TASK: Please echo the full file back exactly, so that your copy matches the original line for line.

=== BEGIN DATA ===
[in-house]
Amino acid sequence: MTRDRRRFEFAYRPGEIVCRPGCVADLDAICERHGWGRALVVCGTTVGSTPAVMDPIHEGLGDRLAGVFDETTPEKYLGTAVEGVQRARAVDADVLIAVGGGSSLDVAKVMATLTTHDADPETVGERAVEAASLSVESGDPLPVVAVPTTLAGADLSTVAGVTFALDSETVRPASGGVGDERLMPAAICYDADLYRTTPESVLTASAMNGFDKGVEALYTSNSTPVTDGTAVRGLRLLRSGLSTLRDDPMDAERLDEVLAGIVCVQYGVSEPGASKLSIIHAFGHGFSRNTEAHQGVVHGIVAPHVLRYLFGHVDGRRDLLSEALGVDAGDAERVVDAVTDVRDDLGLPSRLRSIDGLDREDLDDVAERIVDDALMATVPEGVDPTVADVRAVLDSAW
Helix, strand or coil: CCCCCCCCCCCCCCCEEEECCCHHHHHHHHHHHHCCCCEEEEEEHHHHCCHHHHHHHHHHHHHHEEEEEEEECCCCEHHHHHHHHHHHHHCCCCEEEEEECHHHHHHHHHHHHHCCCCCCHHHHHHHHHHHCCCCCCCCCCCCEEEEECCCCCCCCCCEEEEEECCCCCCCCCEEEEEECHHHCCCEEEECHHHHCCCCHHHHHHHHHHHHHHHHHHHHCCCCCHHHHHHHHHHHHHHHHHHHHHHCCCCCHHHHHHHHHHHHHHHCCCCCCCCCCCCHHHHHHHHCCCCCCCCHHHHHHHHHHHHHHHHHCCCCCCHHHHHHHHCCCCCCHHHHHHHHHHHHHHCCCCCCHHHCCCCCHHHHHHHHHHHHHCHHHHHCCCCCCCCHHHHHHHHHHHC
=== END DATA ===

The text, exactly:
[in-house]
Amino acid sequence: MTRDRRRFEFAYRPGEIVCRPGCVADLDAICERHGWGRALVVCGTTVGSTPAVMDPIHEGLGDRLAGVFDETTPEKYLGTAVEGVQRARAVDADVLIAVGGGSSLDVAKVMATLTTHDADPETVGERAVEAASLSVESGDPLPVVAVPTTLAGADLSTVAGVTFALDSETVRPASGGVGDERLMPAAICYDADLYRTTPESVLTASAMNGFDKGVEALYTSNSTPVTDGTAVRGLRLLRSGLSTLRDDPMDAERLDEVLAGIVCVQYGVSEPGASKLSIIHAFGHGFSRNTEAHQGVVHGIVAPHVLRYLFGHVDGRRDLLSEALGVDAGDAERVVDAVTDVRDDLGLPSRLRSIDGLDREDLDDVAERIVDDALMATVPEGVDPTVADVRAVLDSAW
Helix, strand or coil: CCCCCCCCCCCCCCCEEEECCCHHHHHHHHHHHHCCCCEEEEEEHHHHCCHHHHHHHHHHHHHHEEEEEEEECCCCEHHHHHHHHHHHHHCCCCEEEEEECHHHHHHHHHHHHHCCCCCCHHHHHHHHHHHCCCCCCCCCCCCEEEEECCCCCCCCCCEEEEEECCCCCCCCCEEEEEECHHHCCCEEEECHHHHCCCCHHHHHHHHHHHHHHHHHHHHCCCCCHHHHHHHHHHHHHHHHHHHHHHCCCCCHHHHHHHHHHHHHHHCCCCCCCCCCCCHHHHHHHHCCCCCCCCHHHHHHHHHHHHHHHHHCCCCCCHHHHHHHHCCCCCCHHHHHHHHHHHHHHCCCCCCHHHCCCCCHHHHHHHHHHHHHCHHHHHCCCCCCCCHHHHHHHHHHHC